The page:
Western Michigan University Dance Department Chair Megan Slayter used pithy, yet powerful words to describe the 2018 Winter Dance Gala.
“Dance is ephemeral,” said Slayter, the gala’s artistic director, in her curtain speech opening night.
“The human body is a means of communication and connection,” she said. “To dance is to connect.”
Her words clearly describe the exceptional — even world-class — department’s talented students and the faculty who train and mentor them. It’s a program of an impressive variety of contemporary, modern, jazz, tap and classical ballet, with offerings both innovative and steeped in tradition, and choreography from students, faculty, guest artists, as well as celebrated contemporary and classical greats.
As one of 80 programs accredited by the National Association of Schools of Dance, WMU’s dance department strives to offer its dancers training across dance forms as well as varied professional experiences. Their commitment and excellence in both endeavors shows throughout this two-and-a-half hour performance and is supported by skillful technical work and collaboration in terms of lighting and costume design as well as music.
It is an impressive and inspiring display, to say the least, and it’s easy to forget that the dancers are students and not professionals. The only exception is in the ambitious variations from Swan Lake, perhaps some of the most challenging choreography in the canon of classical ballet.
While the pointe work overall is sharp and the corps work, particularly in the Cygnets’ dance from Act II, is utterly divine in its attention to detail with detailed foot, arm, and head work, the leads in the pas de deux, though technically skillful, lack the ease and confidence to emote much more than fear amid the tremendously complex turns and lifts.
Their dancing is still quite impressive, and both Tara Charvat and Nirvan Singh dance more expressively and confidently in several of the show’s other contemporary pieces; it’s simply the only moment in the show in which one remembers this is a student performance meant to show promise rather than perfection.
And this is but mere minutes from an otherwise flawless production. Highlights among the show’s eight dances include:
- HAUNT, a hypnotic dance of 15 Warhol-esque, iridescent dancers donning white from wigs to socks, like Japanese pop stars or postmodern alien ghosts in what could be an apocalyptic remake of Michael Jackson’s Thriller video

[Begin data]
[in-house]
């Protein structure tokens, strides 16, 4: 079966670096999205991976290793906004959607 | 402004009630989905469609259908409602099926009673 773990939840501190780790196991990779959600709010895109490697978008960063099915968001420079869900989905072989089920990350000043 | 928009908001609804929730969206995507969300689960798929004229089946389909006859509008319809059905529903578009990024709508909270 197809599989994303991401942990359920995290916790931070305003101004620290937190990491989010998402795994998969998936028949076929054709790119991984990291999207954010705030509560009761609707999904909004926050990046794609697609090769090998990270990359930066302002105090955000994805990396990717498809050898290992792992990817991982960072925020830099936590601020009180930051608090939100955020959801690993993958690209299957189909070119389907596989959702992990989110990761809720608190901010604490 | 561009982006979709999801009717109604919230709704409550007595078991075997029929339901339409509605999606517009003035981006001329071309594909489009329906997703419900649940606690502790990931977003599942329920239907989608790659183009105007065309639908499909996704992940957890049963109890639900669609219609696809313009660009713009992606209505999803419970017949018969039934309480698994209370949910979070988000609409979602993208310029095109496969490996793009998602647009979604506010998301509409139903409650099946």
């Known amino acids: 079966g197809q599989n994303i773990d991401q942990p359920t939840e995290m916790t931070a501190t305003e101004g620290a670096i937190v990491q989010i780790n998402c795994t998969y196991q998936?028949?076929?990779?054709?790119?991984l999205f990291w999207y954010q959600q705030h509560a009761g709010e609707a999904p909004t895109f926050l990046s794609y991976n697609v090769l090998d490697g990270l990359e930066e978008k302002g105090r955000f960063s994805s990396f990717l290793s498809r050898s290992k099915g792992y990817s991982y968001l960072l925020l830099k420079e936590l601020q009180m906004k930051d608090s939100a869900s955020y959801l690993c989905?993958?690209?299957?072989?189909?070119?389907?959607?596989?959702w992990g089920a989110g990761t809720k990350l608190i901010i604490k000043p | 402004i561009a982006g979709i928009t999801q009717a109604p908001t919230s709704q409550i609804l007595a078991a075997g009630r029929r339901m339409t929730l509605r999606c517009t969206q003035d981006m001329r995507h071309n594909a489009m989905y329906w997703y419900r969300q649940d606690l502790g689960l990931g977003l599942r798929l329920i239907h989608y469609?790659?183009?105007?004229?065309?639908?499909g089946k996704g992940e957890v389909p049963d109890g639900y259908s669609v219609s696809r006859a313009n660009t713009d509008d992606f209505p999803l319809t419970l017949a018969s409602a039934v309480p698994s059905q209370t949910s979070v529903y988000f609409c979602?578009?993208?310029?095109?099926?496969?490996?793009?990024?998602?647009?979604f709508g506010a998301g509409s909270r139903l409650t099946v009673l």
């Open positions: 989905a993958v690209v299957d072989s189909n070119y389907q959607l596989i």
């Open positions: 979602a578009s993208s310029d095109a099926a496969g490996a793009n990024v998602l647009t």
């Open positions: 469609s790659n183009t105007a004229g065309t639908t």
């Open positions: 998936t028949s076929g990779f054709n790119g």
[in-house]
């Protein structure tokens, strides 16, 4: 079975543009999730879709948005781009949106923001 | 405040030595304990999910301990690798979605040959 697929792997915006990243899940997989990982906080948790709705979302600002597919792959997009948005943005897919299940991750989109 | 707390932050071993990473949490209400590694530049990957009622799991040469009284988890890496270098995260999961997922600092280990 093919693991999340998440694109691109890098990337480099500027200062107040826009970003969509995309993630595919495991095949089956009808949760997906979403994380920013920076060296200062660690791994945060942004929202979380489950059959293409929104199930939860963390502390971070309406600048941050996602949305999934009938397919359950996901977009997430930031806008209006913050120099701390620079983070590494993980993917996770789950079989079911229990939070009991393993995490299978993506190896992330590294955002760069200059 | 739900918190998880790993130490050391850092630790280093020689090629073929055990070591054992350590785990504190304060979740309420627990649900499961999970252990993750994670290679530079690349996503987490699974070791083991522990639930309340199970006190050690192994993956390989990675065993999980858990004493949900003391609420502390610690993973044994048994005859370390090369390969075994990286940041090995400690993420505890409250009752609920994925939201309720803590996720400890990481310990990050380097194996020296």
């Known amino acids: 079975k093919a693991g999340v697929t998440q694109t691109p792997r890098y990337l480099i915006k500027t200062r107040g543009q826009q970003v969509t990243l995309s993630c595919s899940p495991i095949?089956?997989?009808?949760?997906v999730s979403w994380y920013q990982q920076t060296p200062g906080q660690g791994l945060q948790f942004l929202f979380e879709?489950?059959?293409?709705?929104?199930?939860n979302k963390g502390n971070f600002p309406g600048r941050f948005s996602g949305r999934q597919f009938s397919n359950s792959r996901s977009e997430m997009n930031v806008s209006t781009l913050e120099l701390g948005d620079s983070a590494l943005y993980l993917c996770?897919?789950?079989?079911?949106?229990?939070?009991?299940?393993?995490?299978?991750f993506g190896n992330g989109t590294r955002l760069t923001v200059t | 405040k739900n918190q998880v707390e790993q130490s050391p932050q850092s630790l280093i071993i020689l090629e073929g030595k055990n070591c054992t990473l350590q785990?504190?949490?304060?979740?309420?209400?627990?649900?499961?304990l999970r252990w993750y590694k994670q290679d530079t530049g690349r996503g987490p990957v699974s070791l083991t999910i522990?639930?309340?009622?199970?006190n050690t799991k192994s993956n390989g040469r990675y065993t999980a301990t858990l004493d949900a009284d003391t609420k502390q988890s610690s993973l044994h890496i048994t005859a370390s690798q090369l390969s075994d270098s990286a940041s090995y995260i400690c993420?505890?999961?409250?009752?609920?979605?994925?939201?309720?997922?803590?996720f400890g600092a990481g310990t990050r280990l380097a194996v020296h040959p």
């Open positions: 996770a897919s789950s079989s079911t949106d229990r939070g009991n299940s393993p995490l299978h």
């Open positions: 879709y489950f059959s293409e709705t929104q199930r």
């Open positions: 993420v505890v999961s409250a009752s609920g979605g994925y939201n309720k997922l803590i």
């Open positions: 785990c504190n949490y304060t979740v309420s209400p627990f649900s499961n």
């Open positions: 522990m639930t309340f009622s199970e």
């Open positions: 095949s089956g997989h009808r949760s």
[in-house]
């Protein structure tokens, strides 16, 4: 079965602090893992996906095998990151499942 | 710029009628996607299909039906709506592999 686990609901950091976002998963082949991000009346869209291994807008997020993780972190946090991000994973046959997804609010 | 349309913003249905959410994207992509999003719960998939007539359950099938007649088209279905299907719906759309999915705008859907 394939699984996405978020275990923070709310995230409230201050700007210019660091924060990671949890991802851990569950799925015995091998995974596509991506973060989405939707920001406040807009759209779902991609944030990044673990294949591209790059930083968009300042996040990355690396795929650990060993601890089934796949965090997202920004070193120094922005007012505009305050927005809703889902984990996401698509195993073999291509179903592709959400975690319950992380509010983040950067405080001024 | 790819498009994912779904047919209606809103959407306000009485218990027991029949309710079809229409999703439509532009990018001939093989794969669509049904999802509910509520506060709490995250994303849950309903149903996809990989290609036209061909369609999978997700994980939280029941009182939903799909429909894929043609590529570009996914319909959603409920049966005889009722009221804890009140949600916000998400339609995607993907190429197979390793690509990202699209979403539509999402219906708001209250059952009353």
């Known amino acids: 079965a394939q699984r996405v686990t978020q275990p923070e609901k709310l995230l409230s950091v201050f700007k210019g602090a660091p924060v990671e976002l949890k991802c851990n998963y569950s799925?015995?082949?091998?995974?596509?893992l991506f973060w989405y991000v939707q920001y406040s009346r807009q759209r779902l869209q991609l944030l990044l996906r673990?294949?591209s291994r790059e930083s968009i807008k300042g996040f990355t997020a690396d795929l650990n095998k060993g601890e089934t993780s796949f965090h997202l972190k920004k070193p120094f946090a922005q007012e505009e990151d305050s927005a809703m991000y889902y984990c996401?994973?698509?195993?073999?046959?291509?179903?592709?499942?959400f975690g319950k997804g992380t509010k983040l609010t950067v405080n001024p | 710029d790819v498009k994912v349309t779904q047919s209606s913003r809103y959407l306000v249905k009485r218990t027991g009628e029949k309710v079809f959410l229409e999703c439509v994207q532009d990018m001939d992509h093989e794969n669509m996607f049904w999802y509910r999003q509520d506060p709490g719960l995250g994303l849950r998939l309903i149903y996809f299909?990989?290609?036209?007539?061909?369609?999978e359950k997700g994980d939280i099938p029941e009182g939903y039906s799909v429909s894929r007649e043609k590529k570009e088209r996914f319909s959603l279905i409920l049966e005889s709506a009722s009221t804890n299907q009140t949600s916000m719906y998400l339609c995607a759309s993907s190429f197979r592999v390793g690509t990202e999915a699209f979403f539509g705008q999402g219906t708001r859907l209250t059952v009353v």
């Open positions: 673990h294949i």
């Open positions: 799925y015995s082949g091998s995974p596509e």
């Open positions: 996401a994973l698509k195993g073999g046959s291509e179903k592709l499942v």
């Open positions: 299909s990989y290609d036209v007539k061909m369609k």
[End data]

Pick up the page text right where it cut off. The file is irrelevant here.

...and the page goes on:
- Friday After 5, a high-energy, crowd-pleasing, jazzy, sexy tap duet in which choreographer Kendall Owens rhythmically and stylishly hoofs her way with Alanna Phillips to crowd whistles and hoots
- and bright, buoyant, breezy excerpts from Paul Taylor’s 1975 ESPLANADE set to Bach.
Yet perhaps most striking among the many outstanding pieces here is Falling Table, an exciting collaborative piece in four short acts. It’s a play among modern, contemporary and classical ballet in terms of movement from choreographer D. Blakeslee Curwen in conjunction with the dancers.
Falling Table uses stunning projections from Kevin Abbot with set from Paul Marquardt, costumes from Patricia Plasko, beautiful accompaniment from Zoe Schlussel on violin, as well as interplay with spoken word and text from the program that provides character insights not evident on stage. It’s a deeply imaginative and affecting response to the 2016 election that is felt and understood on a multiplicity of levels without being a polemic.
Each of the eight dances are meticulously rehearsed and performed, and careful attention to detail makes each one pop. Brilliant lighting design from Laura L. Cornish is in equal partnership with the choreographers, dancers, and well-chosen music for creating mood, and Patricia Plasko’s largely androgynous costumes in the modern and contemporary pieces enhance the movement.
Though a dance performance is, indeed, ephemeral, the feeling and impressions created with such deliberate care in this year’s powerfully moving Winter Gala Dance Concert at WMU are lasting.